We're sorry to be the bearer of bad news but it's now official - summer is sadly over for another year.
The crunch of leaves underfoot and shorter days mean autumn has well and truly arrived, with the changing weather seasons heralding the start of a new season.
For astronomers Monday, September 23 marks the first day of autumn in the Northern Hemisphere for 2019, a season also known as fall in the US.
That's because today is the autumn equinox, when the sun crosses the Earth's equator from north to south. From now on, the days will become shorter and the temperature will drop as we welcome autumn into our lives.
As well as signalling the start of the new season, it also has a spiritual meaning for pagans as it's when day and night are most equal and the earth balanced.
So as head into the new season, here's all you need to know about the the 2019 autumn equinox.
What is the Autumn equinox?
An equinox is a phenomenon which only happens twice a year - once during spring and once again in the autumn.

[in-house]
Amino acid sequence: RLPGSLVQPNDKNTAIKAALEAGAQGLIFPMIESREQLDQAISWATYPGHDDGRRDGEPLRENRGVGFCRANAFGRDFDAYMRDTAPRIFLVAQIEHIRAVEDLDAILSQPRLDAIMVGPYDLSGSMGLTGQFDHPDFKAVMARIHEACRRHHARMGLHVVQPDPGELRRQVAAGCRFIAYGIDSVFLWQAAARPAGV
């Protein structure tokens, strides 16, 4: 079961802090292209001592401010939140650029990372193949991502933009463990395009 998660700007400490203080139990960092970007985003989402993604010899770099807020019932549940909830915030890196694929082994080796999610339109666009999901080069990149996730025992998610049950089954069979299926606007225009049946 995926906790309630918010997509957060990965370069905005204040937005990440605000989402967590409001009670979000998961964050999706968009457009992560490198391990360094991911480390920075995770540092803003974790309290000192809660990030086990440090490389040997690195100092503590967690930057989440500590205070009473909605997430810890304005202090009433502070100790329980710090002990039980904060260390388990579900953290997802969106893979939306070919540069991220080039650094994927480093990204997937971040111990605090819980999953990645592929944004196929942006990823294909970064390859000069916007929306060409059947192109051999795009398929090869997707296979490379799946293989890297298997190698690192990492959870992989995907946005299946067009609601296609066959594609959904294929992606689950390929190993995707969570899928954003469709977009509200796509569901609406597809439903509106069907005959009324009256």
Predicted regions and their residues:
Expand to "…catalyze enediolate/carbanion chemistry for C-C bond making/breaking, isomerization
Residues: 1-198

It happens when the sun positions itself exactly above the equator between the Northern and Southern Hemisphere.
- Read more
For those in the Northern Hemisphere, the autumn equinox marks the beginning of autumn and for those in the southern it marks the beginning of spring.
Once the equinox hits in the autumn the nights become longer than the day, while the opposite happens after the spring equinox.
The term "equinox" stems from the Latin word "equi," meaning equal and "nox," meaning night.
When is the Autumn Equinox?
This year, the Autumn equinox took place on September 23 at 8.50am BST.
The autumn equinox always falls on one of three days towards the end of September.
The date varies because of the difference between how the Gregorian calendar calculates a year (365 days) and the time it takes for the Earth to complete its orbit around the sun, which is 365.25 days.
Because of the difference in the days, it means each September the equinox occurs around six hours earlier than the previous year.
How is the Autumn equinox celebrated?
People have been commemorating the Autumn equinox for centuries.
Ancient peoples such as the Druids in England and the Maya in Central America see it as a marker of the harvest season.
During the Autumn equinox, neo-druids gather at Stonehenge to perform rituals.
In Mexico, crowds flock to the pyramid at Chichen Itza on the Yucatan Peninsula. A serpent-headed statue is placed at the foot of the pyramid and as the sun sets, the sunlight and the shadow show the body of the serpent joining with the head.